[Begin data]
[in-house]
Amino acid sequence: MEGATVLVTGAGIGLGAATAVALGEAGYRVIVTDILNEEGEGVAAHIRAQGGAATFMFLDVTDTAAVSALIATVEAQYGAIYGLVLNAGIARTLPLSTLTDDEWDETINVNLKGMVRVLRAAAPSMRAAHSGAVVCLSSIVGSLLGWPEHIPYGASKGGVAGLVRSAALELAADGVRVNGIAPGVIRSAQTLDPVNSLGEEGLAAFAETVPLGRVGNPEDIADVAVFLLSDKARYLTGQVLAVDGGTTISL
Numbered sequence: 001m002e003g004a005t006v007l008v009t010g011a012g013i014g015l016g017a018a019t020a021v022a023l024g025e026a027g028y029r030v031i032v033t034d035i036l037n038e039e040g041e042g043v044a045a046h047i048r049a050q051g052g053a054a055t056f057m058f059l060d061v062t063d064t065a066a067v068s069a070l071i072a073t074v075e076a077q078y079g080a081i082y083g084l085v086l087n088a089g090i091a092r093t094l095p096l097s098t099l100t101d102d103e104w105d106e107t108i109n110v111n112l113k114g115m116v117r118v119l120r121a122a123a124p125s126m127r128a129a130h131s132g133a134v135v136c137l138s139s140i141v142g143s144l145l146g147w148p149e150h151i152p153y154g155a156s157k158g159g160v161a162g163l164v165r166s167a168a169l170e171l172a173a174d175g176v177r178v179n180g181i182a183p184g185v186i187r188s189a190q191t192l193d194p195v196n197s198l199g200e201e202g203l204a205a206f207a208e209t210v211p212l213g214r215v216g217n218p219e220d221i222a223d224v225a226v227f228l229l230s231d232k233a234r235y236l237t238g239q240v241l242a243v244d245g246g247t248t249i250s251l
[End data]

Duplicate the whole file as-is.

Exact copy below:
[in-house]
Amino acid sequence: MEGATVLVTGAGIGLGAATAVALGEAGYRVIVTDILNEEGEGVAAHIRAQGGAATFMFLDVTDTAAVSALIATVEAQYGAIYGLVLNAGIARTLPLSTLTDDEWDETINVNLKGMVRVLRAAAPSMRAAHSGAVVCLSSIVGSLLGWPEHIPYGASKGGVAGLVRSAALELAADGVRVNGIAPGVIRSAQTLDPVNSLGEEGLAAFAETVPLGRVGNPEDIADVAVFLLSDKARYLTGQVLAVDGGTTISL
Numbered sequence: 001m002e003g004a005t006v007l008v009t010g011a012g013i014g015l016g017a018a019t020a021v022a023l024g025e026a027g028y029r030v031i032v033t034d035i036l037n038e039e040g041e042g043v044a045a046h047i048r049a050q051g052g053a054a055t056f057m058f059l060d061v062t063d064t065a066a067v068s069a070l071i072a073t074v075e076a077q078y079g080a081i082y083g084l085v086l087n088a089g090i091a092r093t094l095p096l097s098t099l100t101d102d103e104w105d106e107t108i109n110v111n112l113k114g115m116v117r118v119l120r121a122a123a124p125s126m127r128a129a130h131s132g133a134v135v136c137l138s139s140i141v142g143s144l145l146g147w148p149e150h151i152p153y154g155a156s157k158g159g160v161a162g163l164v165r166s167a168a169l170e171l172a173a174d175g176v177r178v179n180g181i182a183p184g185v186i187r188s189a190q191t192l193d194p195v196n197s198l199g200e201e202g203l204a205a206f207a208e209t210v211p212l213g214r215v216g217n218p219e220d221i222a223d224v225a226v227f228l229l230s231d232k233a234r235y236l237t238g239q240v241l242a243v244d245g246g247t248t249i250s251l